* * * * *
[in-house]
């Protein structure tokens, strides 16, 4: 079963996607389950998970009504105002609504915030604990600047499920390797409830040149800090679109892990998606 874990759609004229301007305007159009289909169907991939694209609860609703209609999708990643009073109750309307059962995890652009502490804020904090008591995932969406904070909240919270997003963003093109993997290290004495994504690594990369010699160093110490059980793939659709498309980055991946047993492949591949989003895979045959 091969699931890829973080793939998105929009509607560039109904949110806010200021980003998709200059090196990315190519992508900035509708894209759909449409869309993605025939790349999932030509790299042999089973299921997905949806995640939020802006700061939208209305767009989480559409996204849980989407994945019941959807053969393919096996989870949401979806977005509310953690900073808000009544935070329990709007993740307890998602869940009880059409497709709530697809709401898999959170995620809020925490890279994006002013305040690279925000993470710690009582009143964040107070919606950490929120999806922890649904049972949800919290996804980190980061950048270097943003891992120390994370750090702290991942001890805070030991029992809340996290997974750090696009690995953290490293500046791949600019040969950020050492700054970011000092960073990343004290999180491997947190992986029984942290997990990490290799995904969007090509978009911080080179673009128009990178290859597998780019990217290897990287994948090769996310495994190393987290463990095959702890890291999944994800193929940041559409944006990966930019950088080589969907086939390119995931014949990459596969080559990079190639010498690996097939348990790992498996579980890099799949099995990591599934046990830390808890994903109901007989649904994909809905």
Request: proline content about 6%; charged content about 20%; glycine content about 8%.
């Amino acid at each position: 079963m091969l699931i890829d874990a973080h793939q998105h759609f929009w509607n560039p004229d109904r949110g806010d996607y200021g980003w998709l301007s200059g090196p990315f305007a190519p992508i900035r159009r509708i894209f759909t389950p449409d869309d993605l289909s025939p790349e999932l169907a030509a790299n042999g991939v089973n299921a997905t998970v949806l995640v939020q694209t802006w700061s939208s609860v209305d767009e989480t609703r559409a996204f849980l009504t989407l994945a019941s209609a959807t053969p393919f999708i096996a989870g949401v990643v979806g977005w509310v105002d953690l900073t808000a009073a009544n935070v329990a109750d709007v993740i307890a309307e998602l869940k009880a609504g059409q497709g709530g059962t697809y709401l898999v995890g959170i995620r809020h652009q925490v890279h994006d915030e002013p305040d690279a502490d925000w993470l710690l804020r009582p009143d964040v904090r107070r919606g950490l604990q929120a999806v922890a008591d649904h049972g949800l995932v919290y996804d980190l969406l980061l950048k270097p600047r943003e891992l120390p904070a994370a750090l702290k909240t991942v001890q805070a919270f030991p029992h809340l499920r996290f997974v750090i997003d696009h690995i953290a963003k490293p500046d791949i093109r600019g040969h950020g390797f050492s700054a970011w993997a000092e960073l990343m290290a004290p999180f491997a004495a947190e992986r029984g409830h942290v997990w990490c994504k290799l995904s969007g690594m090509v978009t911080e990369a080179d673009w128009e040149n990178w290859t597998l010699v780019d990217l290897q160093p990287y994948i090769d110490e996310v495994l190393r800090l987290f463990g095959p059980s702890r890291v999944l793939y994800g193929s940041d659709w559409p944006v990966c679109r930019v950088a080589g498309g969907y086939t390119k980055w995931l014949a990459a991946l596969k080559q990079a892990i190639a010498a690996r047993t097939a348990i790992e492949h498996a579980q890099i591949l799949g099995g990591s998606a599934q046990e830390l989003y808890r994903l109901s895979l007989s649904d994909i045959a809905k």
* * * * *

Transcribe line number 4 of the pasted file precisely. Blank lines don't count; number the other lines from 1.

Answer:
């Amino acid at each position: 079963m091969l699931i890829d874990a973080h793939q998105h759609f929009w509607n560039p004229d109904r949110g806010d996607y200021g980003w998709l301007s200059g090196p990315f305007a190519p992508i900035r159009r509708i894209f759909t389950p449409d869309d993605l289909s025939p790349e999932l169907a030509a790299n042999g991939v089973n299921a997905t998970v949806l995640v939020q694209t802006w700061s939208s609860v209305d767009e989480t609703r559409a996204f849980l009504t989407l994945a019941s209609a959807t053969p393919f999708i096996a989870g949401v990643v979806g977005w509310v105002d953690l900073t808000a009073a009544n935070v329990a109750d709007v993740i307890a309307e998602l869940k009880a609504g059409q497709g709530g059962t697809y709401l898999v995890g959170i995620r809020h652009q925490v890279h994006d915030e002013p305040d690279a502490d925000w993470l710690l804020r009582p009143d964040v904090r107070r919606g950490l604990q929120a999806v922890a008591d649904h049972g949800l995932v919290y996804d980190l969406l980061l950048k270097p600047r943003e891992l120390p904070a994370a750090l702290k909240t991942v001890q805070a919270f030991p029992h809340l499920r996290f997974v750090i997003d696009h690995i953290a963003k490293p500046d791949i093109r600019g040969h950020g390797f050492s700054a970011w993997a000092e960073l990343m290290a004290p999180f491997a004495a947190e992986r029984g409830h942290v997990w990490c994504k290799l995904s969007g690594m090509v978009t911080e990369a080179d673009w128009e040149n990178w290859t597998l010699v780019d990217l290897q160093p990287y994948i090769d110490e996310v495994l190393r800090l987290f463990g095959p059980s702890r890291v999944l793939y994800g193929s940041d659709w559409p944006v990966c679109r930019v950088a080589g498309g969907y086939t390119k980055w995931l014949a990459a991946l596969k080559q990079a892990i190639a010498a690996r047993t097939a348990i790992e492949h498996a579980q890099i591949l799949g099995g990591s998606a599934q046990e830390l989003y808890r994903l109901s895979l007989s649904d994909i045959a809905k």